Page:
Two-factor authentication makes online accounts much more secure means the internet industry is a good home for Two-factor authentication. For internet companies, such as Facebook, Instagram and Google, two-factor authentication has incredible value. Indeed, users want to secure their email and social accounts.
For all users, securing financial data is a substantial concern. With this, it would be wise for banks to provide extra security since they’re a top target.
When it comes to the eCommerce industry, two-factor authentication solves credit card fraud problems.
Cybercriminals always target government organizations. With a 2FA process in place, it will be easy to prevent both cyber and physical attacks in government bodies.
Transmitting electronic data can pose a threat to both providers and patients. Two-factor authentication in the health industry ensures patients’ data stays private and confidential.
How 2FA Works
It is crucial to have know-how regarding factors to understand how two-factor authentication works. Ideally, you’ll need to have a 2FA factor to gain access to an account. Here’s a breakdown of what to expect:
Knowledge – the factors need you to know something, such as security questions, a code sent to your phone or even a particular keystroke.
Biology – the system gives users access to proving their identity via biological makers, such as voice or fingerprint.
Possession – a user needs to have a physical factor, such as a USB drive or debit card and then insert it into a device to gain access.
Protect your account
Advantages of 2FA
- It adds an extra security layer
- It adds variation
- It’s quite cost-effective
- It remembers users’ accounts
Disadvantages of 2FA
- Increased sign-in time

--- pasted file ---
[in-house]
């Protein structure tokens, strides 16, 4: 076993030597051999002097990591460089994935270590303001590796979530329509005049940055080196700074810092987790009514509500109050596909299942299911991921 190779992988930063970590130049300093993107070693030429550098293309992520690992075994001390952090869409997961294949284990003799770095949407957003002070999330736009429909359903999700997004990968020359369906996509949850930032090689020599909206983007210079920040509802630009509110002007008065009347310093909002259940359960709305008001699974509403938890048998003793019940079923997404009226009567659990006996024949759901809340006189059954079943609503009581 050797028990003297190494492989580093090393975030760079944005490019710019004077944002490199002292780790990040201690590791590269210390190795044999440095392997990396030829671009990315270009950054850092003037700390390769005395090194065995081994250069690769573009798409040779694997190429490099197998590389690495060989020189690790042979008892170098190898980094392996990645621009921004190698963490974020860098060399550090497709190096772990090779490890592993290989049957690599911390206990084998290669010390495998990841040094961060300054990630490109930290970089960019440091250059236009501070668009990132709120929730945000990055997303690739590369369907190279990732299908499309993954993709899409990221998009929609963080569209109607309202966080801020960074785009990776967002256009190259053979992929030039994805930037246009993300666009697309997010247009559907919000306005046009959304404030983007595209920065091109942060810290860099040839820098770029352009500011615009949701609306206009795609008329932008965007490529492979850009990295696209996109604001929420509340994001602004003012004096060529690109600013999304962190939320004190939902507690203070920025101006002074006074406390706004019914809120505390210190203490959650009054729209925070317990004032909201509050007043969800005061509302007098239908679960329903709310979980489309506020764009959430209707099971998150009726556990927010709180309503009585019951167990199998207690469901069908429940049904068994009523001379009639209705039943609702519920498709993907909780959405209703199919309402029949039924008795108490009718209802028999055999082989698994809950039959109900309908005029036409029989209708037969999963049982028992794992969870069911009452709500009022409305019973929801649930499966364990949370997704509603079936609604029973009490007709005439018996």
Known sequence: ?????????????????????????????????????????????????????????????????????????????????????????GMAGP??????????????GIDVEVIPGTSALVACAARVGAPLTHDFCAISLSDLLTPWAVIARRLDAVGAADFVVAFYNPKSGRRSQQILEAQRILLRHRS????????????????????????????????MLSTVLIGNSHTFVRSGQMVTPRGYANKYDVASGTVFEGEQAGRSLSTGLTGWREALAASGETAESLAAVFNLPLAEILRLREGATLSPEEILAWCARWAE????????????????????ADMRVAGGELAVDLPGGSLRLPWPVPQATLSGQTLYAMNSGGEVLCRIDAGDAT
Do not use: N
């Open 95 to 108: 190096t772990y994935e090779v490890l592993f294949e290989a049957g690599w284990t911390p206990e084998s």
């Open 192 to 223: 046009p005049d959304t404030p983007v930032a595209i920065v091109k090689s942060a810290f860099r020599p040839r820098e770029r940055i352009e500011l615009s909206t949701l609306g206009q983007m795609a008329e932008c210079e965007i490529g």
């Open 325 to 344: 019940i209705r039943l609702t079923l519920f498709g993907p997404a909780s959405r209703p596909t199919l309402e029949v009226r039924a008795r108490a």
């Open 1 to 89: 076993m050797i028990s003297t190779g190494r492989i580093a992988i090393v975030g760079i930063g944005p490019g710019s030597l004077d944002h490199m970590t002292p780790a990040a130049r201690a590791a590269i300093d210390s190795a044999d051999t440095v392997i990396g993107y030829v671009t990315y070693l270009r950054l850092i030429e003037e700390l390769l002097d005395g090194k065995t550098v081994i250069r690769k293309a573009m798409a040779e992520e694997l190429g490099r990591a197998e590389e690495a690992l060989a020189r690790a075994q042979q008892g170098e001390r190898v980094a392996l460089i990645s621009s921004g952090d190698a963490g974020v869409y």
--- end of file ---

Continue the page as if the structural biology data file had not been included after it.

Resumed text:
- Integration cost
- It’s not foolproof
- Downtime can be disruptive
How OTP Works
If activated, OTP is sent to users that need to sign into their digital accounts. Merely put, it assists in authenticating users’ identity and it needs to be used within a stipulated time. Upon OTPs allowing users to log into their accounts, their validity vanishes. Since it’s only usable once, an OTP is safer than a static password.
- It’s secure from replay attacks
- It lets you keep your emails secure
- It’s convenient to use
- It may get out of sync
- You may get locked out of your account
- It’s relatively expensive for the providers
TOTP VS HOTP: What is the Difference?
Since it incorporates additional factors to meet the algorithm security requirements, TOTP is regarded as a newer version of HOTP. The fact that time-based one-time password is valid within a specific period means it offers more security than HOTP. Here, incorporating a new factor that needs to be met enhances the code’s security.
Additionally, sending a one-time password comes down to other external factors, like internet connectivity for the emails and broadband coverage for calls and SMS. If users lack any of these, the one-time code will not arrive at the user’s device and they’ll be unable to input the code to authenticate their identity. In such a scenario, users will have to request another code. Besides, even if users meet all the criteria, failure to use the OTP fast will be useless.
When it comes to this, HOTPs perhaps provide friendlier ways of authenticating users because timesteps don’t restrict them. Instead, users can enter their codes whenever they deem it fit. Unluckily, compared to time-based OTPs, HOTPs are less secure.
Irrespective of the kind of One-time based password you use, selecting a one-time based password generator is a much secure way to use MFA. Today, hackers have invented techniques to interrupt the OTPs code, whether via SIM card fraud or other hacks. Whatever the case, the time for implementing two-factor authentication in any industry is now!
If you’ve problems deploying MFA in your company, Teamstack is the team to get in touch with. Teamstack is unmatched in multiple-factor authentication as it supports popular methods, such as TOTP (Google Authenticator), WebAuthn (Windows Hellow on Win, Touchld on Mac and FIDO2), SMS codes, etc.